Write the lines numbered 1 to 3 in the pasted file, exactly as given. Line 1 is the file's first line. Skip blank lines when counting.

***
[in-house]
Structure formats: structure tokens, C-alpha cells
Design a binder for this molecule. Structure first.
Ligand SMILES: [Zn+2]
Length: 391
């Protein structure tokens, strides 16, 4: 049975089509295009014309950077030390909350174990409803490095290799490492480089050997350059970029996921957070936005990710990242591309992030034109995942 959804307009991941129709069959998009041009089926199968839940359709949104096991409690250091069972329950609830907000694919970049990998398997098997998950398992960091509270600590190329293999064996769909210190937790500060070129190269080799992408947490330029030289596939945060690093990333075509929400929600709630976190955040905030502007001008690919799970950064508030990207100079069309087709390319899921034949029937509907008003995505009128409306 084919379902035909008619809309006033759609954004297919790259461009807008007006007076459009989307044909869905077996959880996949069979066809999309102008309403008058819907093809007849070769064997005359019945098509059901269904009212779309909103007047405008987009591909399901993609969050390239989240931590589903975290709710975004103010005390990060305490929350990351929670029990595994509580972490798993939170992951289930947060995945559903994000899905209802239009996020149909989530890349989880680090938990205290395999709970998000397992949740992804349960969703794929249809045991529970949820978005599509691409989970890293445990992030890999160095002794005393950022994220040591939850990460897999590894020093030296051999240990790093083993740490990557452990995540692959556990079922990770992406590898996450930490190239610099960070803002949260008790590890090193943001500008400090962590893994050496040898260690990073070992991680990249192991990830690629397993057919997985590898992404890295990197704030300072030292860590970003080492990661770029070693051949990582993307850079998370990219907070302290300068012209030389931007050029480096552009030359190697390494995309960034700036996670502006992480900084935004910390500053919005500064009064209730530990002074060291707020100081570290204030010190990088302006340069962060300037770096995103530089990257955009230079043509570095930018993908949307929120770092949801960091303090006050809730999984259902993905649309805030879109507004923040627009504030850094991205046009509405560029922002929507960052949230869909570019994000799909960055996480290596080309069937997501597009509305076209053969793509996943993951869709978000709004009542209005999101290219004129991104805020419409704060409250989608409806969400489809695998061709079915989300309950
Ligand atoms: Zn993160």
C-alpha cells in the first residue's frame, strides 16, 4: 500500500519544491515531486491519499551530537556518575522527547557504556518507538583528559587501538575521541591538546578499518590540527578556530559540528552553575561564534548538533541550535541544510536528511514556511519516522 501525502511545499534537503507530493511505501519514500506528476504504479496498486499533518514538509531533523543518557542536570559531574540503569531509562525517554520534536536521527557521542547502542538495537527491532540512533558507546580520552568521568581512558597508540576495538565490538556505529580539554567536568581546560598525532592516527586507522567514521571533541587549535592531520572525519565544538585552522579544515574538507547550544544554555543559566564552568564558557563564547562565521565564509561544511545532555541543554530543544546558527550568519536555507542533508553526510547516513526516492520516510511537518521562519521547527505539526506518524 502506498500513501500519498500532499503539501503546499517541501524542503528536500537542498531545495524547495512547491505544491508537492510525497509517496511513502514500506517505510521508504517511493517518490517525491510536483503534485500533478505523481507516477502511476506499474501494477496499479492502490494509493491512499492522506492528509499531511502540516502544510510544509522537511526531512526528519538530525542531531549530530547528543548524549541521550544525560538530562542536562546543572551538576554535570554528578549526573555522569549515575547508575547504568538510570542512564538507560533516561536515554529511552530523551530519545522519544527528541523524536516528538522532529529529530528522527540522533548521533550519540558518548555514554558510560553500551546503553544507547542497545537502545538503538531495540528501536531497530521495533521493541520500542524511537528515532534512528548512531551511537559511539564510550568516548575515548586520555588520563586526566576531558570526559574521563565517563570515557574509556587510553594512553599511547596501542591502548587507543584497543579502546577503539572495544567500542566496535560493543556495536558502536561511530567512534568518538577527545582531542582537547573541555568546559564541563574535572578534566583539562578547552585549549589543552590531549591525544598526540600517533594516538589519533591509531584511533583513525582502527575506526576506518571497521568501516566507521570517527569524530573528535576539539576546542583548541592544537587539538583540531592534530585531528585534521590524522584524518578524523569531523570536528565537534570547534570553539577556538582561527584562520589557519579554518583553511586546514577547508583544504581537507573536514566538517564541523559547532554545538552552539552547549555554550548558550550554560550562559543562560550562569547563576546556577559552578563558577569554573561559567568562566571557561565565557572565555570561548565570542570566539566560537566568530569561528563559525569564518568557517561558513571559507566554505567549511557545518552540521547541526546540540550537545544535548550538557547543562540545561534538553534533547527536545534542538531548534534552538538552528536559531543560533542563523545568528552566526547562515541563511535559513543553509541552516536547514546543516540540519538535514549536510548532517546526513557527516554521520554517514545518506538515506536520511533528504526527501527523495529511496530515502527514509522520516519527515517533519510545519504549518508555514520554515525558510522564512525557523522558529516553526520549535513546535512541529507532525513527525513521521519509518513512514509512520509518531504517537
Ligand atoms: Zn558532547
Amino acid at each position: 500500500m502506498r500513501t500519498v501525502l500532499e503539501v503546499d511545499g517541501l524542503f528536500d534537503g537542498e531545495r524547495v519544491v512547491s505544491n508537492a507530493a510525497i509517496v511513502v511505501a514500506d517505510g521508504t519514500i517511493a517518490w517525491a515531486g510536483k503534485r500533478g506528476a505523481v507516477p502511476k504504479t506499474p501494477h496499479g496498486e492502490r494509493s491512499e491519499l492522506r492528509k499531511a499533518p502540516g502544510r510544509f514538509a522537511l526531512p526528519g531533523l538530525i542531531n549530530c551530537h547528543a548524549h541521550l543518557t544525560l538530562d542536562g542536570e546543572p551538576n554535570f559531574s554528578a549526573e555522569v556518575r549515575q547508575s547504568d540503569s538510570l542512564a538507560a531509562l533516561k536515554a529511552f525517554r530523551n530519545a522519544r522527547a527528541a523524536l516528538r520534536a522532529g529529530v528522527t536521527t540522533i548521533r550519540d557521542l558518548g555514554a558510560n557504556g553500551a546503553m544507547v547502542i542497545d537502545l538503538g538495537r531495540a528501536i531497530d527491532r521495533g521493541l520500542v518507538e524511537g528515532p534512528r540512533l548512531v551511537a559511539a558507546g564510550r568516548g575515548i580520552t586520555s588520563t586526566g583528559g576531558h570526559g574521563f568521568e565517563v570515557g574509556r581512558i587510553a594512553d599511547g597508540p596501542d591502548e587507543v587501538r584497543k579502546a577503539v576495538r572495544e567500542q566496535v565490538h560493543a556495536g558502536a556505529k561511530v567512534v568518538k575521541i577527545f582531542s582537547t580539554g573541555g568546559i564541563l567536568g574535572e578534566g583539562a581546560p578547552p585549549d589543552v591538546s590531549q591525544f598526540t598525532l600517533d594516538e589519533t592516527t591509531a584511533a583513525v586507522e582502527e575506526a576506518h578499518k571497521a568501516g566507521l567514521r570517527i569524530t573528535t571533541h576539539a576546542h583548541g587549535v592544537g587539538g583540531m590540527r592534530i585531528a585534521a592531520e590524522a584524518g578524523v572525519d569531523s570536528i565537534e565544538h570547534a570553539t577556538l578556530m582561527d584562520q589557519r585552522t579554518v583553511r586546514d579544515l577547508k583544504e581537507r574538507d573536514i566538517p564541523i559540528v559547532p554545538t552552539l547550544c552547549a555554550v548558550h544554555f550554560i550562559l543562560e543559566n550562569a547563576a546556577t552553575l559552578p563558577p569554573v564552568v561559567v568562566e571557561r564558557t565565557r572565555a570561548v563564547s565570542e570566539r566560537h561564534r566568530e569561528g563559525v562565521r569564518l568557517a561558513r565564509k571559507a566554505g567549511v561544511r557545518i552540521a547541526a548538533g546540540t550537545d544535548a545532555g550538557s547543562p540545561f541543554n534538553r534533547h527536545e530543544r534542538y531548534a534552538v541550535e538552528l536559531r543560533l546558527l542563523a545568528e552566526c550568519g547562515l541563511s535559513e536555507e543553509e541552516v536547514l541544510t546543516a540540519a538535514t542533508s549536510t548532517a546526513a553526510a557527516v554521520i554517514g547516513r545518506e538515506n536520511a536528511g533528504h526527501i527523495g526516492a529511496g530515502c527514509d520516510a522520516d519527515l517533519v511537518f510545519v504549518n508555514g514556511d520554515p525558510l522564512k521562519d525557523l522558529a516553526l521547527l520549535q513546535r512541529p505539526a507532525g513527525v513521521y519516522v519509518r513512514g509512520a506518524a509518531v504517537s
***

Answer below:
[in-house]
Structure formats: structure tokens, C-alpha cells
Design a binder for this molecule. Structure first.